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Department
Philosophy
Course
PHIL 237
Professor
Sarah Stroud
Semester
Winter

Description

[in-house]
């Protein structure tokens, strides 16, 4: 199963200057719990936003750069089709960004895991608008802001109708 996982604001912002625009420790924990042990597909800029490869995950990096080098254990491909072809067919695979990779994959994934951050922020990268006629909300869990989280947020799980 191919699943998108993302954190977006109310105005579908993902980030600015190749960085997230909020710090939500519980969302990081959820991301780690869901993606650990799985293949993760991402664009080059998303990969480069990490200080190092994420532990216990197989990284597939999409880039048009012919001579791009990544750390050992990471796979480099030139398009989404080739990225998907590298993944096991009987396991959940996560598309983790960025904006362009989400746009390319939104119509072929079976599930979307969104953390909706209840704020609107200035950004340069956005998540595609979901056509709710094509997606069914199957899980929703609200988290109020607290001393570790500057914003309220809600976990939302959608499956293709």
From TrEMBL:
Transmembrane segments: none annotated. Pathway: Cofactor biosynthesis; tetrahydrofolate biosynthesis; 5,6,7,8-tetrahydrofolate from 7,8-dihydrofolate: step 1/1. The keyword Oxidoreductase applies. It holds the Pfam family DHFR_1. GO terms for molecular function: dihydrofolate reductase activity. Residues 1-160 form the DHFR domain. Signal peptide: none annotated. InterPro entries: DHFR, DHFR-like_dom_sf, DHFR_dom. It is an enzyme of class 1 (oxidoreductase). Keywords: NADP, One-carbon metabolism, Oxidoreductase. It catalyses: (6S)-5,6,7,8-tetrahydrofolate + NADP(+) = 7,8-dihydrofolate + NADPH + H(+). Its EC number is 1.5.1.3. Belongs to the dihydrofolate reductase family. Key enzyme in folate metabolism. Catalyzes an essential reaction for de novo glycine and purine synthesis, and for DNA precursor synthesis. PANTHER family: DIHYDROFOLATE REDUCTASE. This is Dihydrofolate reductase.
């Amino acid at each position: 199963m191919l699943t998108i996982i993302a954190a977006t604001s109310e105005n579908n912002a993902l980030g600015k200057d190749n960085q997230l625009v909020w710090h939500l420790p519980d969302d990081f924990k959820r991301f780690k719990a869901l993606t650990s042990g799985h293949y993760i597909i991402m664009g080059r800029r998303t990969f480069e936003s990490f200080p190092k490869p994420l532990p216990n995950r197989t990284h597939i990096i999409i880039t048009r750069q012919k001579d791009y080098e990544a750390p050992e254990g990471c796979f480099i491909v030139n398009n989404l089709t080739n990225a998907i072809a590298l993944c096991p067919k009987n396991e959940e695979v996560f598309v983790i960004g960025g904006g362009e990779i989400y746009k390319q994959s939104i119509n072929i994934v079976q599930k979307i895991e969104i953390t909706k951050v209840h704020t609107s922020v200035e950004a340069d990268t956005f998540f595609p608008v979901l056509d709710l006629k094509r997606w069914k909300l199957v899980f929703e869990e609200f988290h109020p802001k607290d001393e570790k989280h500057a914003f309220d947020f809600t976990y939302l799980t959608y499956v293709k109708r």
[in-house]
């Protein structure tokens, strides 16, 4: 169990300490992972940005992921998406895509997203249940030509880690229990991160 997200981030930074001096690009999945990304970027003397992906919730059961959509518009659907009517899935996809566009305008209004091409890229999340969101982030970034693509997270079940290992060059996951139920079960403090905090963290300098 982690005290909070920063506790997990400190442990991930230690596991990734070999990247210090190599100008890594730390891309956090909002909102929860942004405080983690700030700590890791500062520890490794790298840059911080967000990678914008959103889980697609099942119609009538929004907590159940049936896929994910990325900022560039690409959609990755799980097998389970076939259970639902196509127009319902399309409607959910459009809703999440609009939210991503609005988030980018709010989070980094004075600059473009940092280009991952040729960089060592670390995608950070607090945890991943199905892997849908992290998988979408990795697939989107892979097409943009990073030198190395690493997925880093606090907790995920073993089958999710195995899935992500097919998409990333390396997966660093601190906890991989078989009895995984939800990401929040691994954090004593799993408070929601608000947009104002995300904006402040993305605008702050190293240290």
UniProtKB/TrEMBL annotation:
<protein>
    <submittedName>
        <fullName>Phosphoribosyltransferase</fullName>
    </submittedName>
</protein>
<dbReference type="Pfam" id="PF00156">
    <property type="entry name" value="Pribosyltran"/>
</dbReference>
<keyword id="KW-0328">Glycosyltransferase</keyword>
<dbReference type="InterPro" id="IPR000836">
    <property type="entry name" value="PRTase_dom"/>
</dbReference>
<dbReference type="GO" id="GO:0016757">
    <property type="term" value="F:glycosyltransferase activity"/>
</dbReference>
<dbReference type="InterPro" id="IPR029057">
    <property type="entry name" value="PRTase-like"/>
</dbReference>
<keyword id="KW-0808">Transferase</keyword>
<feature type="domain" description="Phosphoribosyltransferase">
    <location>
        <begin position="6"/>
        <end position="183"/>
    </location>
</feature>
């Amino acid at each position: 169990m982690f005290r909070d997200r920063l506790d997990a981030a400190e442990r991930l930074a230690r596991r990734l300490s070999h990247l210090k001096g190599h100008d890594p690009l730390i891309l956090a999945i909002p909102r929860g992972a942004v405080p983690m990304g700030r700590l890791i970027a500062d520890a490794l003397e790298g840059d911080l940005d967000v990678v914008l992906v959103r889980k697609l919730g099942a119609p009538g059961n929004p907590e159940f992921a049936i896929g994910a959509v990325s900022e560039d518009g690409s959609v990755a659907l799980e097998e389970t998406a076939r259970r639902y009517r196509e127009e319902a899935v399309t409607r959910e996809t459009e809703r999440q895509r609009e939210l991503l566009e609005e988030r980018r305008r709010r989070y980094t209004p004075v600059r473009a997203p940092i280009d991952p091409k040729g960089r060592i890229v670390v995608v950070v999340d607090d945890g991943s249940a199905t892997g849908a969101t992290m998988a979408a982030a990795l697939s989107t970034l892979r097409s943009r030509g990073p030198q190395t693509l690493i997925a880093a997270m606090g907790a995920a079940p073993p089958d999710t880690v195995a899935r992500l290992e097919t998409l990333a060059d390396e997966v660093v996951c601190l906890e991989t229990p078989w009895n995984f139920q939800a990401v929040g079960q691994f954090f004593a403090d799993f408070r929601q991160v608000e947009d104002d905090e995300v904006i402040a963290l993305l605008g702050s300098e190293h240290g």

PHIL 237 Prof. S. Stroud Contemporary Moral Issues Winter 2012 Essay Questions for the Final Exam As noted in class, the final exam will contain a) a set of multiple-choice questions focusing on material covered since the midterm (you will receive no futher information about this portion of the exam), and b) a set of essay questions. FIVE of the essay questions below will appear on the exam, and you will have to answer all five. The multiple-choice portion of the exam will count for one-sixth (1/6) of your exam mark, as will each of the five essays. Because you are receiving all the essay questions in advance, our evaluation of the exams will reflect our expectation that you will have thought through and prepared a mental outline for each essay question in advance. This means we will be expecting answers to the essay questions that are well-organized and as in-depth as you can make them in c. 30 minutes of writing time per question. You will have to carry your essay outlines in your head, as no books or notes will be permitted in the examination itself. Be advised that each essay you write as part of your exam should stand alone as an independent essay which could be marked without looking at the rest of your exam. Therefore you cannot, as part of your response to one question, simply refer to your answer to another, even if the questions overlap–you must write out your answer to each question separately and in full. It is OK if this involves repeating in one essay a point you had already made in another. 1. Consider the following: Owning, and driving just for the pleasure of it, an expensive, gas-guzzling SUV. Singer, Wenz, and Sinnott-Armstrong all have (or would have) things to say from a moral point of view about this practice. What moral verdict would each deliver on this practice? What arguments, and/or moral theories, would each use to support his verdict? Which of these analyses do you find most cogent (if any), and why? Intro: Singer: initial purchasing is wrong. Driving would be wrong. Should have given to charity. Small actions make a difference, like in poverty. You have the capacity to make a difference; therefore you are morally obliged to make a difference. It’s the Wenz: All consumerist activity leads to social harm. It wouldn’t be virtuous You aren’t obliged but he wouldn’t endorses it just for pleasure sake. Buying an SUV in the first place is giving into consumerism. Virtue-Ethics approach. Sinnot-Armstrong: Although a single individual can’t make a difference and there’s no moral obligation to save environment on small scale, you should act in light of the performance. Although, it is morally better to avoid pollution. Based on principle. I would agree with Sinnot-Armstrong. Most practical and addresses our role as indivudials overlapping with the large scale responsibility of the government. 2. Consider the difference between following two scenarios: A) Person P1 makes a deci
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